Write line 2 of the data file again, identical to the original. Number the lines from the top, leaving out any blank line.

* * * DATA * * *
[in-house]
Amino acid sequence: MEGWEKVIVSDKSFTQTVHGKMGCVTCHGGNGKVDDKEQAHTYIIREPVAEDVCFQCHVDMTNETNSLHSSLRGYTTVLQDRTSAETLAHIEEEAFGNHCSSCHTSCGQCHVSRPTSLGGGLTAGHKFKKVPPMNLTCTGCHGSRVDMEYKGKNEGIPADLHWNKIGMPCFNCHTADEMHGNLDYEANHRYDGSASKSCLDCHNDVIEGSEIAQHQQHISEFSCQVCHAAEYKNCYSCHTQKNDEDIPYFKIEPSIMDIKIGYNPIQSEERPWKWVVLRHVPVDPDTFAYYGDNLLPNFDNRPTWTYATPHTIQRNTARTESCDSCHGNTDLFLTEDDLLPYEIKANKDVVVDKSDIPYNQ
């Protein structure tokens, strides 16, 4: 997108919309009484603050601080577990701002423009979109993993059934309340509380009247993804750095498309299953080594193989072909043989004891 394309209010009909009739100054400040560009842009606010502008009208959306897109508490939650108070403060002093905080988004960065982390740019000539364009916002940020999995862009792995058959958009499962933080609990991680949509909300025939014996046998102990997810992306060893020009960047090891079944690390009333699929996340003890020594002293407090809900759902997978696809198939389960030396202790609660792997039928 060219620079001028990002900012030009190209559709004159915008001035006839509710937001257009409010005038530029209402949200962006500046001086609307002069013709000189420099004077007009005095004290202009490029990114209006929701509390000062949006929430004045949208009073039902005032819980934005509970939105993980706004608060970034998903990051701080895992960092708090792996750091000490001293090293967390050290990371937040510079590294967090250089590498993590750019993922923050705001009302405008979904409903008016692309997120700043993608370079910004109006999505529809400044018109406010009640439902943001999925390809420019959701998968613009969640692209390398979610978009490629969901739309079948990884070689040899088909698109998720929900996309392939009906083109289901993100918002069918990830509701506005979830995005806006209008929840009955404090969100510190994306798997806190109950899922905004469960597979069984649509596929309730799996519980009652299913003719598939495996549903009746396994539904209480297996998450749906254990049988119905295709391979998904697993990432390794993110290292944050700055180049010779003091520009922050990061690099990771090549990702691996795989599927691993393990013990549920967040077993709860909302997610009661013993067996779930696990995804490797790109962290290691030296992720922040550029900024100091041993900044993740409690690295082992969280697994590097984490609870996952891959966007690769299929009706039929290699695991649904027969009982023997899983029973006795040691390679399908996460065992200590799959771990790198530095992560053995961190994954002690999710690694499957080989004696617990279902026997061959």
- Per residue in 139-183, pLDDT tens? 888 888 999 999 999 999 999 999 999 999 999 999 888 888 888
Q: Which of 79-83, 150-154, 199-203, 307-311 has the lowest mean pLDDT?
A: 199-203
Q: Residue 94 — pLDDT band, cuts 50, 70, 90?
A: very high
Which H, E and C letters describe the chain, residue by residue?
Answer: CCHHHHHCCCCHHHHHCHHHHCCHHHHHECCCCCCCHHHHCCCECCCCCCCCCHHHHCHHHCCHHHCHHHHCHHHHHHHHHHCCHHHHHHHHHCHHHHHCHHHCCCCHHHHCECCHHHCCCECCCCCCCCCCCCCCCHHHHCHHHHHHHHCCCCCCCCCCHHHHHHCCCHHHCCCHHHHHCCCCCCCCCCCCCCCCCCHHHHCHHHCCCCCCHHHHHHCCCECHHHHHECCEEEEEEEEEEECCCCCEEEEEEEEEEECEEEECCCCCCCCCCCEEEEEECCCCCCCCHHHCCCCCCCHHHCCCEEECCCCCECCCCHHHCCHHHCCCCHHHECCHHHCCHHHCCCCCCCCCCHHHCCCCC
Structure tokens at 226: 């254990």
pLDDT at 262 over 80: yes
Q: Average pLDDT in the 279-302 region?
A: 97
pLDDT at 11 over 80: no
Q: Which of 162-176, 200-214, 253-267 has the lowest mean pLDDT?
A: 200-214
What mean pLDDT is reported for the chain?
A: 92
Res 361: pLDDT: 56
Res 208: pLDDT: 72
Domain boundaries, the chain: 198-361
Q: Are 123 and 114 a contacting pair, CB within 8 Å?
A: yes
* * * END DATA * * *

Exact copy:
Amino acid sequence: MEGWEKVIVSDKSFTQTVHGKMGCVTCHGGNGKVDDKEQAHTYIIREPVAEDVCFQCHVDMTNETNSLHSSLRGYTTVLQDRTSAETLAHIEEEAFGNHCSSCHTSCGQCHVSRPTSLGGGLTAGHKFKKVPPMNLTCTGCHGSRVDMEYKGKNEGIPADLHWNKIGMPCFNCHTADEMHGNLDYEANHRYDGSASKSCLDCHNDVIEGSEIAQHQQHISEFSCQVCHAAEYKNCYSCHTQKNDEDIPYFKIEPSIMDIKIGYNPIQSEERPWKWVVLRHVPVDPDTFAYYGDNLLPNFDNRPTWTYATPHTIQRNTARTESCDSCHGNTDLFLTEDDLLPYEIKANKDVVVDKSDIPYNQ